Wednesday's column on Rick Santorum, gay sex, and incest brought plenty of angry responses. Many readers wrote in to Slate's "Fray," faulting me for neglecting to distinguish between consensual and nonconsensual incest. They're right: I should have. Some suggested that the former is so rare it isn't worth talking about. I agree that it's probably very rare—I haven't found reliable data on it—but I disagree that the rarity of a practice should exempt its criminalization from discussion.
Others argued that Santorum deliberately used the term "incest" to conflate the consensual kind with the nonconsensual kind and to imply that gay consensual sex is no better than sexual abuse of children. Given the wandering nature of his interview, I doubt he was thinking that far ahead. Also, he used clearer language ("man on child") when he clearly meant to refer to child abuse—implying that by "incest" he meant something else. But let's be clear: Nonconsensual sex is always categorically worse than consensual sex, and the younger the participant, the less authentic her consent.
Some readers suggested that for the sake of clarity, the term "incest" should be reserved for sexual abuse. I see it the other way around. Morally and legally, we have plenty of terms for such abuse: child molestation, child sexual abuse, rape, sexual assault, etc. On the other hand, incest is the only term we have for sex between close relatives per se. And in fact, that's the dictionary definition: "sexual activity between two people who are considered, for moral and genetic reasons, too closely related to have such a relationship."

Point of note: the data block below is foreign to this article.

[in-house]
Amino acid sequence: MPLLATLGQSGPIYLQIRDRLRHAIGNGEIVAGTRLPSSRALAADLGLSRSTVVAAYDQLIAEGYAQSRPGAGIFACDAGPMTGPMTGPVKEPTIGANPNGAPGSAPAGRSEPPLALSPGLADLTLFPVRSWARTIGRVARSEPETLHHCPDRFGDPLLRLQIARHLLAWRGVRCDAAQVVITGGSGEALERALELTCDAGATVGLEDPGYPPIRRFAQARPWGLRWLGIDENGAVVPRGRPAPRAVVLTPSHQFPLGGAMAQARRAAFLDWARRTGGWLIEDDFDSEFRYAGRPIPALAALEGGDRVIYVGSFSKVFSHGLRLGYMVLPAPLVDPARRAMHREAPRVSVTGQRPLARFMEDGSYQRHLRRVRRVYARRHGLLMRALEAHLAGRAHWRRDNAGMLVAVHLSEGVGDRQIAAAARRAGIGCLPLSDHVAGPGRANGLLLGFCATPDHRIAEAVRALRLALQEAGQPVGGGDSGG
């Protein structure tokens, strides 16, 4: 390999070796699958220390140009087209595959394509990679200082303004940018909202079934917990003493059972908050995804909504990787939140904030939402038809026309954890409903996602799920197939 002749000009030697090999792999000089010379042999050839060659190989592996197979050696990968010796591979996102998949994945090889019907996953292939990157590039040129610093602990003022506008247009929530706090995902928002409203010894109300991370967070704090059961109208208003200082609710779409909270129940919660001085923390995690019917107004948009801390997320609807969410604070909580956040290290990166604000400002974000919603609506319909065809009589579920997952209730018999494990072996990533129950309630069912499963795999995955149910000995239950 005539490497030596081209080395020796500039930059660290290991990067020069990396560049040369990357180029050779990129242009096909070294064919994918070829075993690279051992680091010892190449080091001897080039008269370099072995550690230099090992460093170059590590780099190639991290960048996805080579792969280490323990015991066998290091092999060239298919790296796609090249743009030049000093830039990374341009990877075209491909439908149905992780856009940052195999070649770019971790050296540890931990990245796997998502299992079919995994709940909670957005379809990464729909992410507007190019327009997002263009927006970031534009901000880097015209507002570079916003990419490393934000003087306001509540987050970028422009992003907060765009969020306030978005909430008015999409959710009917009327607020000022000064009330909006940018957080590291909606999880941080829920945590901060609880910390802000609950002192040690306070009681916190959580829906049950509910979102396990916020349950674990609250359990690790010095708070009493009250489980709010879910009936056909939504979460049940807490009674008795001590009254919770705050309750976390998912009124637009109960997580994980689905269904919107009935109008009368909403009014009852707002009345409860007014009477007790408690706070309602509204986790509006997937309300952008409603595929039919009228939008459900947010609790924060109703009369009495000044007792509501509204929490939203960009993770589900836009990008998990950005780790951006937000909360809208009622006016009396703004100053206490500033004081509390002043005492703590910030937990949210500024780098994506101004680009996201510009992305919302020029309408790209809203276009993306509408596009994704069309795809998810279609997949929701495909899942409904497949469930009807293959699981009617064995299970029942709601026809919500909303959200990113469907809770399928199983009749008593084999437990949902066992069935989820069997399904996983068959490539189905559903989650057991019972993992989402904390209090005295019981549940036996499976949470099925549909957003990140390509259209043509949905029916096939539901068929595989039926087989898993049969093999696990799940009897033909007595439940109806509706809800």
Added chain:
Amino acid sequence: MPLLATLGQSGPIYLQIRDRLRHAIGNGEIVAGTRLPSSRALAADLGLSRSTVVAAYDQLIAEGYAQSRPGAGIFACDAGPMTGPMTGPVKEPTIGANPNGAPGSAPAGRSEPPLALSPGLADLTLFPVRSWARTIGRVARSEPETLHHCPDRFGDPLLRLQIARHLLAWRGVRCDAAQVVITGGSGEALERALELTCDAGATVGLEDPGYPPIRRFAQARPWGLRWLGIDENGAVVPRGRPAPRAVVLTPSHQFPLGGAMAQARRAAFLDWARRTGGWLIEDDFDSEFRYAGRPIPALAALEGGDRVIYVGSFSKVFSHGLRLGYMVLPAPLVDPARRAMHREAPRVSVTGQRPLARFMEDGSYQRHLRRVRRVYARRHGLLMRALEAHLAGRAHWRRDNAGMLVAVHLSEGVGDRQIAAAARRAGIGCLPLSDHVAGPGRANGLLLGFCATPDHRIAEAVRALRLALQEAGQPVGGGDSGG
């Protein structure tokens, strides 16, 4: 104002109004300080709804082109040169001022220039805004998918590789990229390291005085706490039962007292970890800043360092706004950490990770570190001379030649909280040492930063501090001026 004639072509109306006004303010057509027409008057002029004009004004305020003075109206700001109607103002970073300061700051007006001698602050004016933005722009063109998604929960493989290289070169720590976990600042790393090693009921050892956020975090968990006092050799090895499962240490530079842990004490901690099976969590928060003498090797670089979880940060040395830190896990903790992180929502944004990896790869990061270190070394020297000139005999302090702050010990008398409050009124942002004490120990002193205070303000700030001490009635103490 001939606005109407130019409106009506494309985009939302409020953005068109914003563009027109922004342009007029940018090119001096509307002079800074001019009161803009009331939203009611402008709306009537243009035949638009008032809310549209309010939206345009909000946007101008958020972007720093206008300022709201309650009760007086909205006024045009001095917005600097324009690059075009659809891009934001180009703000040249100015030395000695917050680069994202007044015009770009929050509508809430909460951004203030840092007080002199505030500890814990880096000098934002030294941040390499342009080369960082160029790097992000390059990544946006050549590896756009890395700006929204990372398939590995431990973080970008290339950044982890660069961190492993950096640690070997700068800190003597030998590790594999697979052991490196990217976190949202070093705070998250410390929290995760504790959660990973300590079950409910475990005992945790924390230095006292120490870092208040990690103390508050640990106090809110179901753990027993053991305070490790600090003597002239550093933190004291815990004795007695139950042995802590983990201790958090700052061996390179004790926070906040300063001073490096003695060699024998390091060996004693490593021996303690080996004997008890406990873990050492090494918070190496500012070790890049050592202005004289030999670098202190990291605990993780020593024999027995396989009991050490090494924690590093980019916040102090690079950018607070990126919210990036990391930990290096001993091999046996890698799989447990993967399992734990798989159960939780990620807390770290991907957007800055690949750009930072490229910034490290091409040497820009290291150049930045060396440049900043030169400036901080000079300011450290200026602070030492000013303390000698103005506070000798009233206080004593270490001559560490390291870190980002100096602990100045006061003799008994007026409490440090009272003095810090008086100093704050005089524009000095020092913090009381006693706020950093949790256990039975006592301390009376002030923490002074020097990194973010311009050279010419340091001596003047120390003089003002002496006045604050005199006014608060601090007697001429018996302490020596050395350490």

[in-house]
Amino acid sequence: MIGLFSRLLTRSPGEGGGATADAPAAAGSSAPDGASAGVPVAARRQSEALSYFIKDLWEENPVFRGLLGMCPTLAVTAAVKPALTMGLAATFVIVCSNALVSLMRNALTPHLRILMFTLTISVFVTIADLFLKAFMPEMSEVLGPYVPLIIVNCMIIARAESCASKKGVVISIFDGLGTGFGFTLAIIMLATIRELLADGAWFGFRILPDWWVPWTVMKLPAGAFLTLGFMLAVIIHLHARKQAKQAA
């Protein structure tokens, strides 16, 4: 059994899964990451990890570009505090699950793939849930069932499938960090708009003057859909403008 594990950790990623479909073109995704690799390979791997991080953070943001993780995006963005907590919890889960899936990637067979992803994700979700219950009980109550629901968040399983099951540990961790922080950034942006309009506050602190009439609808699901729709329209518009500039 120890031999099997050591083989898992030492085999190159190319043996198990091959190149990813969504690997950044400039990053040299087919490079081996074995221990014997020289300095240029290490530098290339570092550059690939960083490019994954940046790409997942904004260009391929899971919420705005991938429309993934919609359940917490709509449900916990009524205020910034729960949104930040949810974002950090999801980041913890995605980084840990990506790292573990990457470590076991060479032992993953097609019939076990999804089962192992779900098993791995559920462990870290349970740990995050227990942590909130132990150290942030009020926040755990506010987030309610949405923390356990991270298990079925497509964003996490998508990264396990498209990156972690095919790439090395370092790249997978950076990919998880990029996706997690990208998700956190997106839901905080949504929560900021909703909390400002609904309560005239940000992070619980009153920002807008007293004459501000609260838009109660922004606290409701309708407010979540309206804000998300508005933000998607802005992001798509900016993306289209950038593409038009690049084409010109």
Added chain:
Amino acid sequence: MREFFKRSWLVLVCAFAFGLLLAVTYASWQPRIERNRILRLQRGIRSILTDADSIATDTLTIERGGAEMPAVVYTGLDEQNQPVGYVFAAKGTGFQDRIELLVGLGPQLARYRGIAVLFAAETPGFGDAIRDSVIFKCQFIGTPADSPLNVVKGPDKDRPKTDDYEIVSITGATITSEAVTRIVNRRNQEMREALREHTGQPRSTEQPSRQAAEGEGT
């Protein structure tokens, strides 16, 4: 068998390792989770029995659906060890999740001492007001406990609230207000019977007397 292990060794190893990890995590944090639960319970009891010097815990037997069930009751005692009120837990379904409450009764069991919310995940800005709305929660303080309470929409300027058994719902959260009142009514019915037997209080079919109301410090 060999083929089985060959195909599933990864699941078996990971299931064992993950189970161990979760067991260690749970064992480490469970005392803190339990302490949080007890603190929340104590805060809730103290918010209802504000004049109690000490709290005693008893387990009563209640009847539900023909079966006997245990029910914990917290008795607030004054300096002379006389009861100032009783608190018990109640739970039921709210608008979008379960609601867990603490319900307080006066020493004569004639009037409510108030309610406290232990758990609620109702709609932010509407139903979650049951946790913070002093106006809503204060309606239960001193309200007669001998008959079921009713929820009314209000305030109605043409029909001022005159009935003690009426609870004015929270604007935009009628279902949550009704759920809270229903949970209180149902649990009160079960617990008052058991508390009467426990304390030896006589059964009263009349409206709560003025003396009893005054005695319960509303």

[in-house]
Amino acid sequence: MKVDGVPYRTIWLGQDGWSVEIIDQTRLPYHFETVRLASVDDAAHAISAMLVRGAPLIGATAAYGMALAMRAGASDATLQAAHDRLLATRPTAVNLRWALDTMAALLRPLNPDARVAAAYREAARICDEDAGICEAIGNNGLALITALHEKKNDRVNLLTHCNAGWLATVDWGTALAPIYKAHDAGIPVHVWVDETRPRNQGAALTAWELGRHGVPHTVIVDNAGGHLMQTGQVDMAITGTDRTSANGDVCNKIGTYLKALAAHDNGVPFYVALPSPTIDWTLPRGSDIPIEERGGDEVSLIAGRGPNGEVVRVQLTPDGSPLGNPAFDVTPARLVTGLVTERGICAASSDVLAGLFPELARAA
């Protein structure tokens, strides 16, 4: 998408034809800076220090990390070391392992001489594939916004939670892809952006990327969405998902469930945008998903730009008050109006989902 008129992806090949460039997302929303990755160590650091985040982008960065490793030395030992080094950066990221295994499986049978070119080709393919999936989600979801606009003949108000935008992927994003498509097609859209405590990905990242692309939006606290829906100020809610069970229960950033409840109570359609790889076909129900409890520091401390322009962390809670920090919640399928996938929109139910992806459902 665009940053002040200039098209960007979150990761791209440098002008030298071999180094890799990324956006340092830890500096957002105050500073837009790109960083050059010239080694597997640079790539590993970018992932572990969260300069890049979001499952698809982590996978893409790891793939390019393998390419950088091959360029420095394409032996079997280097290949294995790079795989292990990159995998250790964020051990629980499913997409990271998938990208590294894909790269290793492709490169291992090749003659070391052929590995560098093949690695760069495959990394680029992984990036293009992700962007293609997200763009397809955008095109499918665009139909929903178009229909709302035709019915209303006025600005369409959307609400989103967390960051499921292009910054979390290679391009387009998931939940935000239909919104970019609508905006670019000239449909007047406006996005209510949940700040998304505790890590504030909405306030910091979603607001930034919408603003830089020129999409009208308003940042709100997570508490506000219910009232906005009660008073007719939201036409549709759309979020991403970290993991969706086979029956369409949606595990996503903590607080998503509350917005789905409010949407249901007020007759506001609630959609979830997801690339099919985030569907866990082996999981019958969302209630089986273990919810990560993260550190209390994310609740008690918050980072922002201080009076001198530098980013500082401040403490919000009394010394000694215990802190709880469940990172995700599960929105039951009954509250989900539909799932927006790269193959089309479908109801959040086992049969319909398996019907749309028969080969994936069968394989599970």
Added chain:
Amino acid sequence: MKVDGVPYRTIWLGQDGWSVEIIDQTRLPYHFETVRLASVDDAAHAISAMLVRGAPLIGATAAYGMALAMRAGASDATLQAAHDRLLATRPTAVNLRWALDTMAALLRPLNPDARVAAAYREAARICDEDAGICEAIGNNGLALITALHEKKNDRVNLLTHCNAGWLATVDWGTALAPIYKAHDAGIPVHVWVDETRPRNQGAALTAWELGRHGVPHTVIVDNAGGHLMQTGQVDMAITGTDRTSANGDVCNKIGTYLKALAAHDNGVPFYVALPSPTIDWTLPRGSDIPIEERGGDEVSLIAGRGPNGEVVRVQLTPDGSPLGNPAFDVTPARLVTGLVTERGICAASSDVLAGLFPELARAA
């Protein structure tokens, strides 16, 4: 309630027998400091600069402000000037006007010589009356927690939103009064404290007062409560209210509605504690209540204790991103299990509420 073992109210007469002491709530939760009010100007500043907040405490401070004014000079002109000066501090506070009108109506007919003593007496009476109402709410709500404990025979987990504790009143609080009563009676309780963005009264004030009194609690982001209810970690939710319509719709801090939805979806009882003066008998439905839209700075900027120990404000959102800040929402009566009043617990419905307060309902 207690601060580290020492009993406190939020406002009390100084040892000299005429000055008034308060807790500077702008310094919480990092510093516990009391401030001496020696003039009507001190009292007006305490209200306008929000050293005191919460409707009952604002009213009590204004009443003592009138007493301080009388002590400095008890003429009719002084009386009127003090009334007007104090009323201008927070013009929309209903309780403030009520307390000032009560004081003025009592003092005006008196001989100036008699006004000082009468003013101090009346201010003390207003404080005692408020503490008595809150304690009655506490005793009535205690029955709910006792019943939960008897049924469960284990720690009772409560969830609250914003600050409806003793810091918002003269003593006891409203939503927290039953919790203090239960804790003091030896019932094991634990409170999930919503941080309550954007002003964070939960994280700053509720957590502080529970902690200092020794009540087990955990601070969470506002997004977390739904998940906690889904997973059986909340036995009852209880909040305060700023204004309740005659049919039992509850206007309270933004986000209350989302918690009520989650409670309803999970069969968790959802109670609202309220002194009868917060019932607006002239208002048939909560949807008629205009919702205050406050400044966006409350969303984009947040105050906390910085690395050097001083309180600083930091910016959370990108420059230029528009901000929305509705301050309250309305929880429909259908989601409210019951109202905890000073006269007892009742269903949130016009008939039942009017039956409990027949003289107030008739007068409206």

One reader, a gay rights activist, searched U.S. case law and told me he could find only one case in which a defendant had challenged an incest conviction on the grounds that it violated the right to privacy—and in that case, the appellant had lost. Fair enough. If the Supreme Court strikes down laws against gay sex, I doubt courts will be flooded the next day with petitions to recognize a constitutional right to incest. But the case to which the reader referred me, State v. Smith (6 S.W.3d 512), makes my point. In Smith, the Tennessee Court of Criminal Appeals ruled that the right to privacy covered neither incest nor gay sex. Indeed, the court quoted Bowers v. Hardwick. That doesn't mean that a right to gay sex implies a right to incest. But it does mean that no court, including the court in Smith, seems to have explained how we can have one without the other.
One further detail of Smith is worth noting. According to the court's statement of facts, the appellant, Ami Smith, "was involved in an incestuous relationship with her paternal uncle," which "began while [she] was still a minor." She "was eighteen years old when charged," "entered a guilty plea to one count of incest and was sentenced to three years supervised probation," for the violation of which she was subsequently sentenced to serve five years in jail. Laws against sexual abuse apply only to the perpetrator. Laws against incest apply in theory to both participants, and in this case they applied in fact. If you want to justify incest laws, don't tell me why Ami Smith's uncle belongs in jail. Tell me why she belongs there, too.